— Theodore Roosevelt


“A nation that destroys its soils destroys itself. Forests are the lungs of our land, purifying the air and giving fresh strength to our people.”

— Franklin D. Roosevelt


“If we’ve learned any lessons during the past few decades, perhaps the most important is that preservation of our environment is not a partisan challenge; it’s common sense. Our physical health, our social happiness, and our economic well-being will be sustained only by all of us working in partnership as thoughtful, effective stewards of our natural resources.”

— Ronald Reagan


“‘Environment’ is not an abstract concern, or simply a matter of aesthetics, or of personal taste — although it can and should involve these as well. Man is shaped to a great extent by his surroundings. Our physical nature, our mental health, our culture and institutions, our opportunities for challenge and fulfillment, our very survival — all of these are directly related to and affected by the environment in which we live. They depend upon the continued healthy functioning of the natural systems of the Earth.”

— Richard M. Nixon


“We must not only protect the countryside and save it from destruction, we must restore what has been destroyed and salvage the beauty and charm of our cities … Once our natural splendor is destroyed, it can never be recaptured. And once man can no longer walk with beauty or wonder at nature, his spirit will wither and his sustenance be wasted.”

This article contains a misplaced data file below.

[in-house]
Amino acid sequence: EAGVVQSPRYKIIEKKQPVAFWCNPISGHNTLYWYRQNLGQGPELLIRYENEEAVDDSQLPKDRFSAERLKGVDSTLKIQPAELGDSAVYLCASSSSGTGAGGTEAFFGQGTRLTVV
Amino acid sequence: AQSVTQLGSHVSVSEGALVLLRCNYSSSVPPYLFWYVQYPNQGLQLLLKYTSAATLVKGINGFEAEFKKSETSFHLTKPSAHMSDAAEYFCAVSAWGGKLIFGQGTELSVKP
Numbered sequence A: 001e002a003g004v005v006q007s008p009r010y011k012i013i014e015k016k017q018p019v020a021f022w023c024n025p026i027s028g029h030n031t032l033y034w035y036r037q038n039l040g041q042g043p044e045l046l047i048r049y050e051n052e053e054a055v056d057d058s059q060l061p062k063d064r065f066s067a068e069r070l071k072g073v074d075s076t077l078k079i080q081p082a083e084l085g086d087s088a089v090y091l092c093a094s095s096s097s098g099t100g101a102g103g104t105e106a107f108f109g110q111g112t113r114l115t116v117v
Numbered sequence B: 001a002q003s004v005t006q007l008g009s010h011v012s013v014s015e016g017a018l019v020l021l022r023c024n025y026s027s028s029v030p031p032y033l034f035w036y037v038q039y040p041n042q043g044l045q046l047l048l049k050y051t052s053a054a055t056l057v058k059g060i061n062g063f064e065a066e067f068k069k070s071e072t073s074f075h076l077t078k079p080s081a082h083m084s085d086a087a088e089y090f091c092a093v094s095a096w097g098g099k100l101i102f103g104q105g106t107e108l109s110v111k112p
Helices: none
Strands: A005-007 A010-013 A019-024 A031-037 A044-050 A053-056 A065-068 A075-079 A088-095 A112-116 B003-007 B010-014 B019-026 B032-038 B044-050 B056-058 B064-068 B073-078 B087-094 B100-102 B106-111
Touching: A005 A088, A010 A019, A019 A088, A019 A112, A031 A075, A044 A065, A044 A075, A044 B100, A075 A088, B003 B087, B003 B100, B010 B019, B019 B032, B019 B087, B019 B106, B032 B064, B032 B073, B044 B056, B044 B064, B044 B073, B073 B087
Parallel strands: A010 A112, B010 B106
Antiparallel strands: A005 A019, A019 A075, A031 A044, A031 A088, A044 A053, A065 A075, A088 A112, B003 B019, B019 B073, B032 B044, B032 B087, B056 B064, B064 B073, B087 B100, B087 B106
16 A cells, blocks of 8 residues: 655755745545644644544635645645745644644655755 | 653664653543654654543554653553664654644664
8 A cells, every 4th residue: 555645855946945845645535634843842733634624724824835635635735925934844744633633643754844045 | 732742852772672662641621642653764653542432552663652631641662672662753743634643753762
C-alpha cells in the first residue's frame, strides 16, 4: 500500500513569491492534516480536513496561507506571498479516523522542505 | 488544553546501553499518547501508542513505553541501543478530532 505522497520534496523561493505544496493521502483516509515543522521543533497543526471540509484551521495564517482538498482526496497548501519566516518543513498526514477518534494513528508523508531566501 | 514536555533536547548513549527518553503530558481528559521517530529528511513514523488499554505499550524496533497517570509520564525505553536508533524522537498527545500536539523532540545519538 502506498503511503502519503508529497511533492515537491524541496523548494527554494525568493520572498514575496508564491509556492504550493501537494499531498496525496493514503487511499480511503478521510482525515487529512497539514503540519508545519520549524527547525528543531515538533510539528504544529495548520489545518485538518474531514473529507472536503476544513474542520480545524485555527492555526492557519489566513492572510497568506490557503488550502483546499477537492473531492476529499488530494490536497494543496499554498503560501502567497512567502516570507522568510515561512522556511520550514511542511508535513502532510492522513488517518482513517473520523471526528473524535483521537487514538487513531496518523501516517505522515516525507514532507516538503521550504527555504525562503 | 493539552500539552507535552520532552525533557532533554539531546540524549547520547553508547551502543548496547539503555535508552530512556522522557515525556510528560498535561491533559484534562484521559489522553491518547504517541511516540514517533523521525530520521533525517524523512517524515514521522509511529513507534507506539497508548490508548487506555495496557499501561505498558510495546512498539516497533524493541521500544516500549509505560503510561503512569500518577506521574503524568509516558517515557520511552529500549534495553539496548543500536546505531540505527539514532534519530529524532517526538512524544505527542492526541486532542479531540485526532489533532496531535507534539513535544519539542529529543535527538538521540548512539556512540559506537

— Lyndon B. Johnson


And THE most ridiculous of all from the ex-President

In the absence of sound oversight, responsible businesses are forced to compete against unscrupulous and underhanded businesses, who are unencumbered by any restrictions on activities that might harm the environment.

— Barack Obama

This guy clearly doesn’t know excessive regulation is killing jobs, does he? But then, he wasn’t even born in the USA. What do you expect from a foreigner.


Well blah blah blah. For crying out loud. Who needs forests? Who needs critters and flowers – they just take up good ranching and mining land. Who needs bees for heavens sake? Who the heck needs National Parks (more land there for ranching and mining). Who needs crap like romance and history, heritage, environment and nature?
Who needs beauty, wonder or spirit? Notions like that are nuts. What we need, and all we need, is evergrowing heaps of dollar bills. The rest is for the girls.

Postscript